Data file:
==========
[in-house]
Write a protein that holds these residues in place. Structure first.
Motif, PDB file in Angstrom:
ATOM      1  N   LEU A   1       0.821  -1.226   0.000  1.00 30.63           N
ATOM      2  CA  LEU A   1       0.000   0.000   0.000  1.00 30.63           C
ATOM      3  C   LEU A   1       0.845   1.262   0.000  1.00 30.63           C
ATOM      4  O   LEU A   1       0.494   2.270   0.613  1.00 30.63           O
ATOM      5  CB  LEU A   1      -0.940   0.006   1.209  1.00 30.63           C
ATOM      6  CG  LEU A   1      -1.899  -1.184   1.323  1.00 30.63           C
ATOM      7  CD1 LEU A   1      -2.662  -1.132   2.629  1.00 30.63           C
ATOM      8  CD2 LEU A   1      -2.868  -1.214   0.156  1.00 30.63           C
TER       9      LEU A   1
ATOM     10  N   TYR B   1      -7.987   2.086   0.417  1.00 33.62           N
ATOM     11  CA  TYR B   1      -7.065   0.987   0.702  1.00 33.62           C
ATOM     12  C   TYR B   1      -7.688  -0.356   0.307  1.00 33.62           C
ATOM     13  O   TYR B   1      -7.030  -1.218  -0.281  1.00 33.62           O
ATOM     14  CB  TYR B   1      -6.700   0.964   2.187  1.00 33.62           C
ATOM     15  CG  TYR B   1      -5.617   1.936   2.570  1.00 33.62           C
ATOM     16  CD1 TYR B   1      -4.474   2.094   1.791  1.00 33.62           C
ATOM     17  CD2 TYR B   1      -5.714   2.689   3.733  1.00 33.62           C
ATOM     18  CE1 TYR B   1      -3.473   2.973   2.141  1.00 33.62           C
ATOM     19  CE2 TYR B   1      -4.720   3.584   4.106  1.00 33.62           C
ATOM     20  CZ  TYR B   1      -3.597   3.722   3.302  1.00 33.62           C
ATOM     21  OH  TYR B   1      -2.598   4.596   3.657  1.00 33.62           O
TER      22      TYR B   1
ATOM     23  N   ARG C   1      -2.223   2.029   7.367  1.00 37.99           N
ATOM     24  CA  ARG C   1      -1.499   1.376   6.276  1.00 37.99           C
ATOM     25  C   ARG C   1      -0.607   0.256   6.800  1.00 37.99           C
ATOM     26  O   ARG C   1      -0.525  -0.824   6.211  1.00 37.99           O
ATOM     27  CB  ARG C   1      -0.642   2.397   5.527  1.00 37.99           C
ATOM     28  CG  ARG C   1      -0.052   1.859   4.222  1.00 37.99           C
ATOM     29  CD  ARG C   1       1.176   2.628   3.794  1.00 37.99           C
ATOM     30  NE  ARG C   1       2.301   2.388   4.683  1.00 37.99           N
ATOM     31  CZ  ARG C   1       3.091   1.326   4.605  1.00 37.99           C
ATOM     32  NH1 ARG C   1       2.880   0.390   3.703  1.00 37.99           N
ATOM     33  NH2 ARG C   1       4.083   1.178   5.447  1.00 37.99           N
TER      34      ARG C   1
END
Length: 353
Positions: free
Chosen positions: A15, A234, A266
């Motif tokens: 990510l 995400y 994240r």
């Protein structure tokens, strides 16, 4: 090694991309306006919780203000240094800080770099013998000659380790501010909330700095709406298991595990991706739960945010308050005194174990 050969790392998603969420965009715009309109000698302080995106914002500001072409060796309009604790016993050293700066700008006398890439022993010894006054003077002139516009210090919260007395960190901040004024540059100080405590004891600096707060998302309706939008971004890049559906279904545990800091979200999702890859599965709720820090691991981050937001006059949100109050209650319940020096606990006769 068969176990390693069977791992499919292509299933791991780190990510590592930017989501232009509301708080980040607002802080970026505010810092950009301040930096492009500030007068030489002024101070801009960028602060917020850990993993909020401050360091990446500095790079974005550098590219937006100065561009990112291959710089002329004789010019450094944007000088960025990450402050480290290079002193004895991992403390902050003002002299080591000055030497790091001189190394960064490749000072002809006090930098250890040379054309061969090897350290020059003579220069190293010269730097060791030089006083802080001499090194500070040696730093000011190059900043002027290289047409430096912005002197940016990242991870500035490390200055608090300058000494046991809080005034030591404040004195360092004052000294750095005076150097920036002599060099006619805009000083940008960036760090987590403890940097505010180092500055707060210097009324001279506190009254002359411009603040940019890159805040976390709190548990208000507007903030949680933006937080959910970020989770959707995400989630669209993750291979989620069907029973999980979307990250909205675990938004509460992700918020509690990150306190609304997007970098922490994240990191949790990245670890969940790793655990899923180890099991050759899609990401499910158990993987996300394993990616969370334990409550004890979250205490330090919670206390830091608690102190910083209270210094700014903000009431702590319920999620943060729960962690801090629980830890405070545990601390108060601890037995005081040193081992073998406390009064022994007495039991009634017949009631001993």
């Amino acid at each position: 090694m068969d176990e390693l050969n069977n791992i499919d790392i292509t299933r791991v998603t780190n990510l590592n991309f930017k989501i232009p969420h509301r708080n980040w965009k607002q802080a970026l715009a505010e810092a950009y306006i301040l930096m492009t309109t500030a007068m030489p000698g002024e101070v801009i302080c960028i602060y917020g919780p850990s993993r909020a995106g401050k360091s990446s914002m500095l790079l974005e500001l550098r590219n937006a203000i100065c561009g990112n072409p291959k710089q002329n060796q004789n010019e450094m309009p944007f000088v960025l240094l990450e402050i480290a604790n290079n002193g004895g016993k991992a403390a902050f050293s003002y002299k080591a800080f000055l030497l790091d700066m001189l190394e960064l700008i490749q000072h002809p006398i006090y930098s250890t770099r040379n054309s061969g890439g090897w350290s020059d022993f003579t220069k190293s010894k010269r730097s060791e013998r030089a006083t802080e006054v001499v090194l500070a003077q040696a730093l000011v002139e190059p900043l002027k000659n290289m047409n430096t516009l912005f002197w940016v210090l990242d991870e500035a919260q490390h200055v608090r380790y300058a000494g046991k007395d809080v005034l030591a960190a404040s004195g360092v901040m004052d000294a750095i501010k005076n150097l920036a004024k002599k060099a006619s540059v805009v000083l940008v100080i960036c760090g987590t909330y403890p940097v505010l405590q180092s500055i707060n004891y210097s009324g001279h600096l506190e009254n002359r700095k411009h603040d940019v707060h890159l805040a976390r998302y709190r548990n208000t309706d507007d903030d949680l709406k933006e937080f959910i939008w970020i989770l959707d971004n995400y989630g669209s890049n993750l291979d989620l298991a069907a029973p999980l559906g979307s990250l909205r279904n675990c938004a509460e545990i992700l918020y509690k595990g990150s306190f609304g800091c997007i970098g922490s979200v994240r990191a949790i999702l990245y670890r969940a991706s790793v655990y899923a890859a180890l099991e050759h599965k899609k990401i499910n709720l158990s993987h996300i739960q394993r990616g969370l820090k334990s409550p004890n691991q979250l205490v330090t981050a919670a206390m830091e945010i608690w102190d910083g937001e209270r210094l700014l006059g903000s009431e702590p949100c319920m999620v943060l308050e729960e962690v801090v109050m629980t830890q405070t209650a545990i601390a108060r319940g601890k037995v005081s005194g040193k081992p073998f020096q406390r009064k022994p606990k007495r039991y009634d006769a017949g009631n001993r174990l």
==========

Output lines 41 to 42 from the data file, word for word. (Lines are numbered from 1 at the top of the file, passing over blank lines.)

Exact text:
Chosen positions: A15, A234, A266
């Motif tokens: 990510l 995400y 994240r």